Thursday, September 18, 2008

on the communion of the saints

A very common argument used to object to the Catholic view of the communion of the saints is that the idea of praying to someone who is in heaven but not God is not as good as praying to God Himself.

Many like to construct analogies and say something to this effect:

Suppose you wanted to discuss the President (or CEO, CFO, etc.) of the company. Maybe if you were slightly connected, you would talk to some lower level executives. If you were a lower level executive, the next person you might contact is the Vice-President. But to have a direct line of contact to the President, you would have to be the Vice-President or some other second highest level of command to have such full access.

This hierarchy is compared to the Catholic Church's hierarchy on earth with laypeople, priests, all bishops, with special emphasis on the Bishop of Rome, aka the holy father, the Pope. After death and away from earth, the hierarchy doesn't end, either. For you have suffering believers who are being purged of the inclination to sin in purgatory for whom we are recommended to pray, and the you have saints in heaven, to whom we are recommended to pray. Among the saints in heaven, the Virgin Mary is afforded the highest level of veneration and through devotions such as the Rosary, she is definitely one that Catholics would say is worth contacting.

The person who frames this sort of analogy is quick to make this qualification to the analogy. They would say:

Suppose that you were the son or daughter of this President. Now all objections that could be made by the hierarchy of leadership would fall apart, as daddy's little boy or girl would have the father's full attention. There is no need to schedule an appointment with the VP first, you are instantly accepted by the father.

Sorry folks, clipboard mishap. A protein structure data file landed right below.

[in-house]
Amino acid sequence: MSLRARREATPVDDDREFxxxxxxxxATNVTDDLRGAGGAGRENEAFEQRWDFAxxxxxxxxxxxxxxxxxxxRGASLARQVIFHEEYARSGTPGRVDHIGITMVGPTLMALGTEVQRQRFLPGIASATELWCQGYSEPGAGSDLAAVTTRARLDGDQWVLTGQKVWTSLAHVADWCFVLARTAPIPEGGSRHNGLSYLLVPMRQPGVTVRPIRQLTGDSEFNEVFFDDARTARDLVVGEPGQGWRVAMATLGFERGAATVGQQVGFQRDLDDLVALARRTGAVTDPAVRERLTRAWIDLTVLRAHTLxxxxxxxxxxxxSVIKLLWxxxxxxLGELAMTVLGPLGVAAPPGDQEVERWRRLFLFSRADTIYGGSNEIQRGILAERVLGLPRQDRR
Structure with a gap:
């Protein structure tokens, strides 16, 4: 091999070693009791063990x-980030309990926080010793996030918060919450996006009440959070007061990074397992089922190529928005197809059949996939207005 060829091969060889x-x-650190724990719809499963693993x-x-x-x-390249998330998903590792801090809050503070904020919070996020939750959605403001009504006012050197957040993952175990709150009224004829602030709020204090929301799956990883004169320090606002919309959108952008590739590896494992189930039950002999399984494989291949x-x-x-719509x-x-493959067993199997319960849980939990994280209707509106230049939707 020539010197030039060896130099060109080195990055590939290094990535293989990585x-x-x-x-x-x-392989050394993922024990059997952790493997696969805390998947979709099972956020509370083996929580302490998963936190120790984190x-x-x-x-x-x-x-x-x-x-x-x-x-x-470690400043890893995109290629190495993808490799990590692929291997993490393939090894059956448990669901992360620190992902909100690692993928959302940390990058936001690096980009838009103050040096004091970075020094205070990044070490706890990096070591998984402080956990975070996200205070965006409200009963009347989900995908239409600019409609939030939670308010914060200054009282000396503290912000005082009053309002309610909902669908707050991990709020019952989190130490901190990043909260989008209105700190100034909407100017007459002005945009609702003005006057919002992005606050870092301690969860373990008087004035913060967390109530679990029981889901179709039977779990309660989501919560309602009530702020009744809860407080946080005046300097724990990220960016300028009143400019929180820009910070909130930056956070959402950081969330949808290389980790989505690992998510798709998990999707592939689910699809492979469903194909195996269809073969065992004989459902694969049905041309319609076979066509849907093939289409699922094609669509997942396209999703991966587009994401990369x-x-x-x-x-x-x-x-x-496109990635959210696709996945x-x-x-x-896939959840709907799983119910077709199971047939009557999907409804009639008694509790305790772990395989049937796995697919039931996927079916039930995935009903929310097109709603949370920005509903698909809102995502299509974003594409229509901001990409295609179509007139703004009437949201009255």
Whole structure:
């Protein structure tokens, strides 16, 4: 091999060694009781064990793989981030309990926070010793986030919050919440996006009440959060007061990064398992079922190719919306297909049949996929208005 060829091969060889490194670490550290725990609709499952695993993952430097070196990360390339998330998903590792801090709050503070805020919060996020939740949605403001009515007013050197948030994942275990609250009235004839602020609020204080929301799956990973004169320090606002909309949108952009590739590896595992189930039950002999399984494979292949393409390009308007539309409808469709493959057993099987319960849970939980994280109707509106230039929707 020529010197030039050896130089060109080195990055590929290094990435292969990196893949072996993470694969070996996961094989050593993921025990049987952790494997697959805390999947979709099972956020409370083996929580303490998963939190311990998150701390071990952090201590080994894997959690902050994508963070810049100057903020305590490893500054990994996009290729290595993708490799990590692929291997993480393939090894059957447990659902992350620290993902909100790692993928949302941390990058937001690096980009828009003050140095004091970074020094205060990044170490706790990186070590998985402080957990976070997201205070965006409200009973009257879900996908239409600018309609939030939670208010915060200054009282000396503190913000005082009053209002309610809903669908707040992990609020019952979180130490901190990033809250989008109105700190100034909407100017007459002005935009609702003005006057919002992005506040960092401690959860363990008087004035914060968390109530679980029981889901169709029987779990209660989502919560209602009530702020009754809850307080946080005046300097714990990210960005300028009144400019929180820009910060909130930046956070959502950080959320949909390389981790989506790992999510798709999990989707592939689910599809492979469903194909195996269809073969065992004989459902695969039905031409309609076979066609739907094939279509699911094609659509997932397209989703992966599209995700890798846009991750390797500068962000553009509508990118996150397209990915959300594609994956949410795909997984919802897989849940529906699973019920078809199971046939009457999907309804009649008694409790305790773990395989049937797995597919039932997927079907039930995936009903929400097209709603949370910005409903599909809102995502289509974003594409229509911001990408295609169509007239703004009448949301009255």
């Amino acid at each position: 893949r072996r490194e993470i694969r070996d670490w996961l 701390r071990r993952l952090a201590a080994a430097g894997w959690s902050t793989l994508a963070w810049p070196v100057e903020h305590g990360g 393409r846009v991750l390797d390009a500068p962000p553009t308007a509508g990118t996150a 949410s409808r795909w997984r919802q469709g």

And thus, the argument concludes by objecting to the Catholic's view of the saints being in communion as including invoking the saints.

But wait a minute! Wait an hour! Please do not pass go with this contortion of reality!

First of all, let's follow the analogy out. OK, maybe Mary is the VP and St. Peter is the Executive Director of Corporate Activities, and so on and so forth.

Even granting that, is that to deny that these believers are NOT children of God??? What a sad way to look at those who are in heaven!

And this brings us on to the second gaping hole in this analogy-its very structure is inaccurate, for the Church is the family of God. Sure, it's a kingdom of priests (1 Peter) and it does have ordained leaders (Matthew 16, Hebrews 12), but God forbid that said leadership get in the way of the bond of love that is the most excellent way of all (1 Corinthians 13)! To start the analogy by describing the family of God as some kind of business is perhaps fitting given the way some Christians make a profit, but it is not what Our Lord ordained, and therefore should not have been the analogy to begin with.

Thirdly, this criticism of the Catholic view is faulty in that it neglects to consider the fundamental relation that is proposed to exist between Christians when they call upon the saint. Look up any prayer to a saint, and you will see this is false.

Take, for example, the Hail Mary. I quote it here:

Hail Mary, full of grace,
the Lord is with thee,
Blessed art thou among women
and blessed is the Fruit of thy womb, Jesus.
Holy Mary, Mother of God, pray for us sinners,
Now and at the hour of our death.